Firestation Arts Centre @ 7:45pm on Thursday 17th April.
Joining us will be Stephanie Butland and Robert Shore.
Click the link above for more details. Entry is £5.
Ted Hughes: The Iron Man
I was quite enjoying this until the space dragon turned up and then it all got a bit too silly. (***)
Leah Price: Unpacking My Library: Writers and Their Books
A bunch of authors answer questions about their book collections and allow their shelves to be photographed. Great book porn. (****)
Charles Bukowski: Pulp: A Novel
His last novel is a far-fetched private eye novel that is completely daft but good fun. (****)
George Saunders: Congratulations, by the way: Some Thoughts on Kindness
A short speech about kindness Saunders gave to graduating students at Syracuse University. It is born of good intentions and has been turned into a very handsome little volume. Sweet but slight. (***)
Thomas Christopher Greene: The Headmaster's Wife
Great story. Beautiful prose. Amazing twist. (****)
Matt Rudd: The English
A very funny field guide to our (my) great countrymates. Great social commentary, manages to make serious points and subvert your expectations while making you laugh. (****)
Jack Standing: The Bug - Episode 1
First instalment of a horror novel being released in six parts for 77p each. A neat idea and, although horror is not a genre I bother with normally, I really enjoyed this. Would make a great TV drama. (****)
Barry Webb: A Book About a Matchbox
At times this was brilliant. At times this was frustrating and in need of a jolly good edit. A novel about a sentient matchbox and the lives of the people who own it. A bold experiment that almost comes off. (***)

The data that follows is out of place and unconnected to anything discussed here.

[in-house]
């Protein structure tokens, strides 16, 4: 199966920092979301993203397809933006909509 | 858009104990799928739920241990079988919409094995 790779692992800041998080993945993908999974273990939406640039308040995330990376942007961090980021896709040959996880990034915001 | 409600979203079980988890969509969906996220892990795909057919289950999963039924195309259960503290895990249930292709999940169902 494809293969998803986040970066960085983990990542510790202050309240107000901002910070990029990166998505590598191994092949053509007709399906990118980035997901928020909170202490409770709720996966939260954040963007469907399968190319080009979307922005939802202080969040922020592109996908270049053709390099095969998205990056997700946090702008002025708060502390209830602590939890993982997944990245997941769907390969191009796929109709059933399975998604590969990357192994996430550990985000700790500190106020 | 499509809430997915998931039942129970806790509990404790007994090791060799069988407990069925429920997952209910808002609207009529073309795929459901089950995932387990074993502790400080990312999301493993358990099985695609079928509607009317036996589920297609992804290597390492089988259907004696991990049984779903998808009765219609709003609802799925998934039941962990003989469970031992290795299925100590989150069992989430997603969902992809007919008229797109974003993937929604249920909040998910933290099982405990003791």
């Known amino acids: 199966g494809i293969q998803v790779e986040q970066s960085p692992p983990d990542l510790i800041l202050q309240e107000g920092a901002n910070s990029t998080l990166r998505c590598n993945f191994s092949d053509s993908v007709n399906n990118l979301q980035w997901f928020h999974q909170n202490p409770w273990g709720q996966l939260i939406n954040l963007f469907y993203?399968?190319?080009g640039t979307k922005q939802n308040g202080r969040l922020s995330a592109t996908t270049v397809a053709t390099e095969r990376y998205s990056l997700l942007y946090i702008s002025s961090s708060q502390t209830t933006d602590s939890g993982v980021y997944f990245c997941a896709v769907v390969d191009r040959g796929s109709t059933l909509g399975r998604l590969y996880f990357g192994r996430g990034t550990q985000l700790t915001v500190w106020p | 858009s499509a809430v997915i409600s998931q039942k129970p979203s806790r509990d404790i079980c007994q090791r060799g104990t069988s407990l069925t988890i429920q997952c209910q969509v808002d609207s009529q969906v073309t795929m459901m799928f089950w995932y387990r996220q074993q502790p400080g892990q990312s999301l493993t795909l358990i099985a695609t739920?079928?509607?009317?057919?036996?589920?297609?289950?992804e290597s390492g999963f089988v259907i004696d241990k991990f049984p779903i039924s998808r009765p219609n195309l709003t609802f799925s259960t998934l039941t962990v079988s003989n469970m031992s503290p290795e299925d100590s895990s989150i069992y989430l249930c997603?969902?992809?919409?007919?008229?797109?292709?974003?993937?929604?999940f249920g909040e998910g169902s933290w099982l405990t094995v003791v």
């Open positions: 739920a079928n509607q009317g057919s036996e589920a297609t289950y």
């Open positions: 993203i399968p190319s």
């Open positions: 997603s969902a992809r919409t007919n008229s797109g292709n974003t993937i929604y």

Danny Rhodes: Fan
A novel about the Hillsborough disaster, or rather its aftermath. A Nottingham Forest fan who has moved down south finds himself reliving that awful day when, years later, he receives news of two deaths back home. Rhodes holds nothing back. This is an important and unforgettable book. (****)
Julian Barnes: Levels of Life
A study of grief. I confess I did have uncharitable thoughts that he was dwelling rather too much and I preferred the earlier portions of the book which are all about the early pioneers of ballooning. (***)
Nik Perring: Beautiful Words: Some Meanings and Some Fictions Too
An alphabet book for grown-ups with just the hint of a story across its pages. Clever stuff. Quite charming. (****)
Malcolm Lowry: Ultramarine
A posh bloke tries to write about working men and doesn't really pull it off. Somewhat tedious with just occasional flashes of quality. (**)
Richard Hughes: In Hazard
Written just before the outbreak of WW2 this story of a steamer caught in a hurricane is a real thriller and, dare I say it, a bit of a lost classic. (****)
Kent Haruf: The Tie that Binds
His first novel, and the only one I hadn't got round to reading. Definite signs of the genius that was to come. Not quite as spare and economical as his very best work but still quite marvelous. (****)
Lucy Inglis: Georgian London: Into the Streets
A wonderful history which really brings to life the inhabitants of 18th century London to life. (****)
Éric Faye: Nagasaki
A middle-aged Japanese man becomes convinced someone is sneaking into his house and drinking his orange juice, among other things. A real little gem of a book. I finished it in one sitting. (****)
Igort Tuveri: 5 Is The Perfect Number
Some great images in this graphic novel about a retired mafioso who returns to the game following the death of his son but the writing isn't really of the same quality. (***)